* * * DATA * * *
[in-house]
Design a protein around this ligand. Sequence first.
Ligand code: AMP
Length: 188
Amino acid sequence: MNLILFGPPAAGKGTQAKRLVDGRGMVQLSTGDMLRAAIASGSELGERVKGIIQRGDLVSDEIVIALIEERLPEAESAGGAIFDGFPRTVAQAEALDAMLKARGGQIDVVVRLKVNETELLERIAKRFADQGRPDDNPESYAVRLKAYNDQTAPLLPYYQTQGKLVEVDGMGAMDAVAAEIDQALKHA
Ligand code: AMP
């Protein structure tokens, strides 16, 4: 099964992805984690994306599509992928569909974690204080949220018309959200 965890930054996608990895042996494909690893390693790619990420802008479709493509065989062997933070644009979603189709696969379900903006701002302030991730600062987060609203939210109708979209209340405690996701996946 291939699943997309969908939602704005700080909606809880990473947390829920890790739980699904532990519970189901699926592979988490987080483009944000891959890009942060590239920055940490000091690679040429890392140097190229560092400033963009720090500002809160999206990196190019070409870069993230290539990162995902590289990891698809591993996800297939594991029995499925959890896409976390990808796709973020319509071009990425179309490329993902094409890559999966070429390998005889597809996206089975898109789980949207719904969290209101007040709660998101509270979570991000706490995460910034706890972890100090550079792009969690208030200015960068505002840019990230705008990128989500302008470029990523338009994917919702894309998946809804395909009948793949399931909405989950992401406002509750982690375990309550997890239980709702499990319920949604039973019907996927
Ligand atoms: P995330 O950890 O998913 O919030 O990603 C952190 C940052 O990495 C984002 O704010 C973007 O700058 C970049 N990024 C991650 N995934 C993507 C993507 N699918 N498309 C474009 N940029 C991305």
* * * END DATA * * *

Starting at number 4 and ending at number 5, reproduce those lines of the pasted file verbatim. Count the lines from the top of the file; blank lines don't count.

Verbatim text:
Length: 188
Amino acid sequence: MNLILFGPPAAGKGTQAKRLVDGRGMVQLSTGDMLRAAIASGSELGERVKGIIQRGDLVSDEIVIALIEERLPEAESAGGAIFDGFPRTVAQAEALDAMLKARGGQIDVVVRLKVNETELLERIAKRFADQGRPDDNPESYAVRLKAYNDQTAPLLPYYQTQGKLVEVDGMGAMDAVAAEIDQALKHA